“I think the good thing for him is he’s already experienced it once,” McIlroy says. “He’s played in the final group of the Masters before. It didn’t quite happen for him last year, but I think he’ll have learned from that experience. I think all that put together, he’ll definitely handle it a lot better than I did.”

But with just a four-shot lead, Spieth doesn’t have to fall apart to lose. Someone could go get him. Greg Norman had a four-shot lead over Jack Nicklaus in 1986 and he shot a very solid 70. Nicklaus shot 65 and won. And Spieth is being chased by some pretty good players. Rose has won 17 tournaments around the world and he loves this place; he has shot 68 or better six times, including twice at this tournament.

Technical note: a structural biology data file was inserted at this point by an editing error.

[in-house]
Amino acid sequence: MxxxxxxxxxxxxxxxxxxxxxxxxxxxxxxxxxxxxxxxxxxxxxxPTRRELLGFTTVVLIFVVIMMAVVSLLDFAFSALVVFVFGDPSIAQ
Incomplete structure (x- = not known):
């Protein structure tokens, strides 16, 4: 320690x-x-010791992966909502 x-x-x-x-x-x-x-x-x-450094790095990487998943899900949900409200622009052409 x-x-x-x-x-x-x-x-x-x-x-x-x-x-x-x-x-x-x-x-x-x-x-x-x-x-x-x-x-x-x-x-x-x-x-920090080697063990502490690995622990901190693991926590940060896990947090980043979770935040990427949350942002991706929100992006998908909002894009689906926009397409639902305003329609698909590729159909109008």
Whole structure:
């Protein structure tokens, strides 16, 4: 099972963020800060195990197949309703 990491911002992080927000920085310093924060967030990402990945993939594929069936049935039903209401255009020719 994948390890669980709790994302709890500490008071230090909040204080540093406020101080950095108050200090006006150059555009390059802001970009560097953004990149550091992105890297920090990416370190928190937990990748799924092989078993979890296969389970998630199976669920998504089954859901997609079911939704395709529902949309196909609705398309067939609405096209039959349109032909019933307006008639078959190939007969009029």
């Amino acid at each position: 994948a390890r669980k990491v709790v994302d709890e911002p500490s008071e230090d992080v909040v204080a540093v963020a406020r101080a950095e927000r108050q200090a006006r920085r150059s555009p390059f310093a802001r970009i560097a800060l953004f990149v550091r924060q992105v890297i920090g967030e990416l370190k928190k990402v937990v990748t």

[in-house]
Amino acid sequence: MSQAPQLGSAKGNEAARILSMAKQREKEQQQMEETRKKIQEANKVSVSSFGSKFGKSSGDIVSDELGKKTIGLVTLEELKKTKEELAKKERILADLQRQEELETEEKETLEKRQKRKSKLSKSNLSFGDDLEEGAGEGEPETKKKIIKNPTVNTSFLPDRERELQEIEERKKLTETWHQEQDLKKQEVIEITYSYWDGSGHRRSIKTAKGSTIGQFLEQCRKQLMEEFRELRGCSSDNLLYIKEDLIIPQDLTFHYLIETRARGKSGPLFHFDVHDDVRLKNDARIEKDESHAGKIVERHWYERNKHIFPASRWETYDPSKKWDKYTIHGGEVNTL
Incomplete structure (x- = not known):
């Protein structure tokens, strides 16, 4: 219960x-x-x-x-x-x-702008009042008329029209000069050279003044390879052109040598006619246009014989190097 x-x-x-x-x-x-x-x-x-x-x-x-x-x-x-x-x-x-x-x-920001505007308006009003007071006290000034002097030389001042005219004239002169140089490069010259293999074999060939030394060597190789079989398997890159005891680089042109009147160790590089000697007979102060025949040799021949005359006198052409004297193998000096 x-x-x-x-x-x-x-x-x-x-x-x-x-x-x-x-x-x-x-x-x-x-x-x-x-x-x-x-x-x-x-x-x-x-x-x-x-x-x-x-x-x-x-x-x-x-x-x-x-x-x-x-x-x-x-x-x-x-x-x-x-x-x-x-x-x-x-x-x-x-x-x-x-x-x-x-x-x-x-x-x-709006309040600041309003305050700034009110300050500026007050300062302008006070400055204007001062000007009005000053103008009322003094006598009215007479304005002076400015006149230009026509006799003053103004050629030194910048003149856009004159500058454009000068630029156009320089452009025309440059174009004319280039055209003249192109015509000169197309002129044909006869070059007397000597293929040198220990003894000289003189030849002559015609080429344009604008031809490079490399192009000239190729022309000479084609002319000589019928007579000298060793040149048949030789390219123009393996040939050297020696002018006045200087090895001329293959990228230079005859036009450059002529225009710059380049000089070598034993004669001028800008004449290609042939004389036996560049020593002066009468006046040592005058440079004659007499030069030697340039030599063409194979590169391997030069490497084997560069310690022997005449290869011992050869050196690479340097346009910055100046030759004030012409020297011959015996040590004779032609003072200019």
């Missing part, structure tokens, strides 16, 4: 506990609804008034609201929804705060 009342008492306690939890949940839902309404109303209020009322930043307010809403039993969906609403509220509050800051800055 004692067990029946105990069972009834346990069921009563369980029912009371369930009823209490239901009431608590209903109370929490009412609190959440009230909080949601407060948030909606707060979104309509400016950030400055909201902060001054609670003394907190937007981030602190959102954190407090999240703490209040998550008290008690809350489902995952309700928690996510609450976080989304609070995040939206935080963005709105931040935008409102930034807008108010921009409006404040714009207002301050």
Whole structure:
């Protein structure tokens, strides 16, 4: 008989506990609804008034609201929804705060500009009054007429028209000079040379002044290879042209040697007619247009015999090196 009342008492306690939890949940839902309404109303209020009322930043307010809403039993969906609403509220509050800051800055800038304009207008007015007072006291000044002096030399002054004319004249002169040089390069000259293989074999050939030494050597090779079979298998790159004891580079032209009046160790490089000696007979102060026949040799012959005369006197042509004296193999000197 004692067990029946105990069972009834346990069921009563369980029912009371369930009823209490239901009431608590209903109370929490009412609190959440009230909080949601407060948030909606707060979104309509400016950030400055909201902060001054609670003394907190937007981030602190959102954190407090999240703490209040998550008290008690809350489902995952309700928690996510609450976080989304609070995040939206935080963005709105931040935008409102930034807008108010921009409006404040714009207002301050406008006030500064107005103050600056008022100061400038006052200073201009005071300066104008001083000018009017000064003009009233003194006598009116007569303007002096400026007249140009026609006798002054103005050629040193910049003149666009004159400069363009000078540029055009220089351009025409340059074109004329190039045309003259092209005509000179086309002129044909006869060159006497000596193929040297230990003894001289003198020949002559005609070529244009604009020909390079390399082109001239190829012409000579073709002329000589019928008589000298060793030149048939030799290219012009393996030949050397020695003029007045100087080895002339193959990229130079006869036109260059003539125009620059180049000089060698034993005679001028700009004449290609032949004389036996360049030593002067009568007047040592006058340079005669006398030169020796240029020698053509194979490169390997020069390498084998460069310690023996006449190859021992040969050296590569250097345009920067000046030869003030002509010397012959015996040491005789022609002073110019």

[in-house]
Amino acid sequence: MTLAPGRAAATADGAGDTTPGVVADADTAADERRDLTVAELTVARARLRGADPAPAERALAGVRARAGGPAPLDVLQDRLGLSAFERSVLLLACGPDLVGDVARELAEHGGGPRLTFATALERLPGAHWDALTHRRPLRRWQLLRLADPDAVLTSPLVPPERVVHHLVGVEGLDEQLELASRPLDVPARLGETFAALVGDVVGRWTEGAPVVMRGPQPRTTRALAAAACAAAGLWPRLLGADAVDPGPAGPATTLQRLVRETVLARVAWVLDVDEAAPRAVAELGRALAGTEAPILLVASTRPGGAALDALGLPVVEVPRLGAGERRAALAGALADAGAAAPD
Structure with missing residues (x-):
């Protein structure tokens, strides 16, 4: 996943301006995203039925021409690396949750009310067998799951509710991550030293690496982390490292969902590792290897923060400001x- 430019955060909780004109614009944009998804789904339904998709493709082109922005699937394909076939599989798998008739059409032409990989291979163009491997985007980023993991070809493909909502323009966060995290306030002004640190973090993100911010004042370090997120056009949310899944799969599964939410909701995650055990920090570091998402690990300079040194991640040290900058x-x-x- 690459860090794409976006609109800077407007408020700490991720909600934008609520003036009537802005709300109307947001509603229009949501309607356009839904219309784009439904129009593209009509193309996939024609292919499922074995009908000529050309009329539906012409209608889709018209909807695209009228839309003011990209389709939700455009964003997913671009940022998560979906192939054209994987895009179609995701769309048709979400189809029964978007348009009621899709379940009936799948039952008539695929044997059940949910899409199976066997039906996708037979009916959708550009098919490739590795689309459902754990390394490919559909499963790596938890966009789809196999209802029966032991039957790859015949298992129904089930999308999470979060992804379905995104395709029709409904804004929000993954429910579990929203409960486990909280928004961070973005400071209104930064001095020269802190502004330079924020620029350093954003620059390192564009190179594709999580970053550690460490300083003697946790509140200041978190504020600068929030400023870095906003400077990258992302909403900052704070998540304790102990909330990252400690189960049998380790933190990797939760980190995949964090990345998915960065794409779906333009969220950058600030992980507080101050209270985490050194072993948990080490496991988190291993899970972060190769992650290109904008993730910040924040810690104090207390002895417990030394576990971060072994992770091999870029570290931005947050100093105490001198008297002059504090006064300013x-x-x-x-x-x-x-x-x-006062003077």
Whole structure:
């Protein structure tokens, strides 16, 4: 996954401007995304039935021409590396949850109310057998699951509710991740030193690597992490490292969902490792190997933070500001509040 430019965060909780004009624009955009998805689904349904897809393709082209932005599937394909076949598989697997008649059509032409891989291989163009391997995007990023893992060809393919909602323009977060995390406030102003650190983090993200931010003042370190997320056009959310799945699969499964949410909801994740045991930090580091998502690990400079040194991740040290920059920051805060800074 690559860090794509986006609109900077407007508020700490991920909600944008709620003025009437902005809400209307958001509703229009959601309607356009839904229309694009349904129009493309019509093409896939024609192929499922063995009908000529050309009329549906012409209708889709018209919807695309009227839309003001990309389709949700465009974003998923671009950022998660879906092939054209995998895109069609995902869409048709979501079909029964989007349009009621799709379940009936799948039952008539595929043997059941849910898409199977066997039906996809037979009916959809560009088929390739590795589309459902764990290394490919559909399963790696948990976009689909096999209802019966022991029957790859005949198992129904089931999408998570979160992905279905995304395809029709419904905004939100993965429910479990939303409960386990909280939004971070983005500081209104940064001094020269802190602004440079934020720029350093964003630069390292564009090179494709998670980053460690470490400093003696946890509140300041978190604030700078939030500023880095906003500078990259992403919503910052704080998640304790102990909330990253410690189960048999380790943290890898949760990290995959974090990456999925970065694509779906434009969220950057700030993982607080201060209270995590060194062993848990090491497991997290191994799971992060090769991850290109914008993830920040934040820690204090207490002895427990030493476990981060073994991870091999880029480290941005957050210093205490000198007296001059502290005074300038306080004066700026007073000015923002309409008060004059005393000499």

And speaking of people who love this place, there’s Mickelson who just comes alive here. He has had one top-10 finish in the last two years or so, but Augusta brings out something in him. He shot 67 on Saturday and has closed out with brilliant rounds before.

Even Woods and McIlroy figure to play a role. They may be 10 shots back, but they play together two groups in front of Spieth and they will undoubtedly have a huge gallery following them and making a lot of noise. Also, Woods, McIlroy and Mickelson all know they have to go for birdies, and that makes them particularly dangerous.

“I’ve got to shoot a super low one,” Woods says. “But at least I’ve given myself a chance going into tomorrow.”

“If I was to go out and shoot 30 [on the front nine], yeah, who knows?” McIlroy says. “Look, I’m going to need something basically around 61, 62 to have a chance. I’m not sure that’s going to happen, but we’ll see.”